U.S. Navy Commander Dr. Sean Conley, the White House physician, talks to the media about U.S. President Donald Trump’s health after the president was hospitalized for coronavirus disease (COVID-19) treatment, at Walter Reed National Military Medical Center, in Bethesda, Maryland, U.S., October 3, 2020. REUTERS/Ken Cedeno / NTB scanpix
The pubic has a right to know the details of the president’s medical situation. But the president has the right to keep his medical information confidential.
There is a conflict between these rights, even when they involve the president of the United States, who is a candidate for reelection. The reason the public has the right to know about the president’s medical history is self-evident. He is the most powerful person in the world and he is seeking a second term. Voters are entitled to know the truth about his medical condition. No one would dispute that.
But there is a countervailing right which few in the media have written about. All Americans have the right to medical confidentiality.
This right is assured by federal law, state law, medical ethics and the long traditions of the medical profession. What a patient tells his doctor, or what the doctor observes from the patient, are confidential, subject only to a few limited exceptions. Among these exceptions is the obligation of doctors to report threats to other people, such as a highly contagious disease. It also includes the obligations of doctors and other professionals to report when they learn of abuse of or by the patient.
There is no explicit exception for high ranking public officials, including the president.
Most, but not all presidents, have disclosed their medical conditions. Among those who were not fully candid were Grover Cleveland, Woodrow Wilson, Franklin Delano Roosevelt, John F. Kennedy and Richard Nixon.
But during those times, the media was not as persistent, and leaks were not as common. Moreover, the media cooperated, particularly with popular presidents, such as John F. Kennedy, in keeping his medical secrets from the public.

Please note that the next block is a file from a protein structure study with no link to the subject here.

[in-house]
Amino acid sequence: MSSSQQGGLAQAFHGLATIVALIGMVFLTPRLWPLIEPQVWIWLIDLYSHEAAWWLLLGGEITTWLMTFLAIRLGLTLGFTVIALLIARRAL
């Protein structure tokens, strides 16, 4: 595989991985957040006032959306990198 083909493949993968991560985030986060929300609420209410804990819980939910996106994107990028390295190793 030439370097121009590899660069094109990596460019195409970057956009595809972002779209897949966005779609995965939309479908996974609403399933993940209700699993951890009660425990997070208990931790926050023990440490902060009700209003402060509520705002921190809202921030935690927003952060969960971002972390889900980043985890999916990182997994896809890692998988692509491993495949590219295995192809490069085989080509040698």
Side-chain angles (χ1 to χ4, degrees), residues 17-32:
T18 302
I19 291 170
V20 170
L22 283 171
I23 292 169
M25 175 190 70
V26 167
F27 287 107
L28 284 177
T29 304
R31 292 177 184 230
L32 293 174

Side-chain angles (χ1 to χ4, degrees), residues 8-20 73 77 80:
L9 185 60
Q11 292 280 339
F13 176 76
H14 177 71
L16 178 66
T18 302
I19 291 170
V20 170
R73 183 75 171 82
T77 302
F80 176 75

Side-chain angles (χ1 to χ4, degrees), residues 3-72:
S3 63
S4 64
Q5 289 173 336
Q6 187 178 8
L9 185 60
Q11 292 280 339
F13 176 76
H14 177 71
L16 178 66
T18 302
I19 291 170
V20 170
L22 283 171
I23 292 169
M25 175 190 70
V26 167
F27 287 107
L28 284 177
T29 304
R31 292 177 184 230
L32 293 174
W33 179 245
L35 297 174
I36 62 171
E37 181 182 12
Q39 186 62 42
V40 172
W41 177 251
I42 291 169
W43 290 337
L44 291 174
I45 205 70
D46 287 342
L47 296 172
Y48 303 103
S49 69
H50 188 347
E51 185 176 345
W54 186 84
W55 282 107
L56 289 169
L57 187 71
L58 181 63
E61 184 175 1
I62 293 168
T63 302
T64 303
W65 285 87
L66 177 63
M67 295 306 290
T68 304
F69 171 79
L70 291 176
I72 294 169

Today there are few, if any, secrets.
All current White Houses leak like sieves. Staff members develop quid pro quo relationships with the media: in exchange for leaking information, the media promises to treat them well. That is the reality of contemporary journalism.
The law does not currently have an exception to confidentiality by government doctors. All presidents have their own private doctors, but they are also treated by White House doctors who are paid by the government. Although these doctors are employees of the government, their obligation of confidentiality to the patient is as compulsory as it is for private doctors.
Perhaps the law should be changed and government doctors should have their first obligation to the public. But such a change would come with a high cost: presidents would not disclose to these government doctors information that they did not want to be made public. That might have a negative impact on their medical treatment.
We know from experience that whenever the law compels disclosure of medical information — as in child abuse cases — patients become increasingly reluctant to confide in doctors who are obligated to disclose their secrets.
When it comes to balancing privacy and disclosure, there are no free lunches. The obligation to publicly disclose carries the cost of less private disclosure to the doctor. That is simply the reality.
One conclusion that is beyond any dispute is that no doctor has the right to deliberately and willfully mislead the public, even if his patient tells him to. I am not accusing any doctor of doing that in this case. But the rules of the profession are clear: a doctor can refuse to disclose based on patient confidentiality; or a doctor can disclose with the consent of the patient; but a doctor cannot lie to the public even if the patient demands that he do so.
This is a complex area of medical ethics, law and public policy. It requires nuanced solutions that serve both the short-term public interest and the long-term need to maintain medical confidentiality. These issues should be discussed in a non-partisan, non–ideological and non-political manner.
Alan M. Dershowitz is the Felix Frankfurter Professor of Law, Emeritus at Harvard Law School and author of the book, Guilt by Accusation: The Challenge of Proving Innocence in the Age of #MeToo, Skyhorse Publishing, 2019. His new podcast, «The Dershow,» can be seen on Spotify, Apple and YouTube. He is the Jack Roth Charitable Foundation Fellow at Gatestone Institute.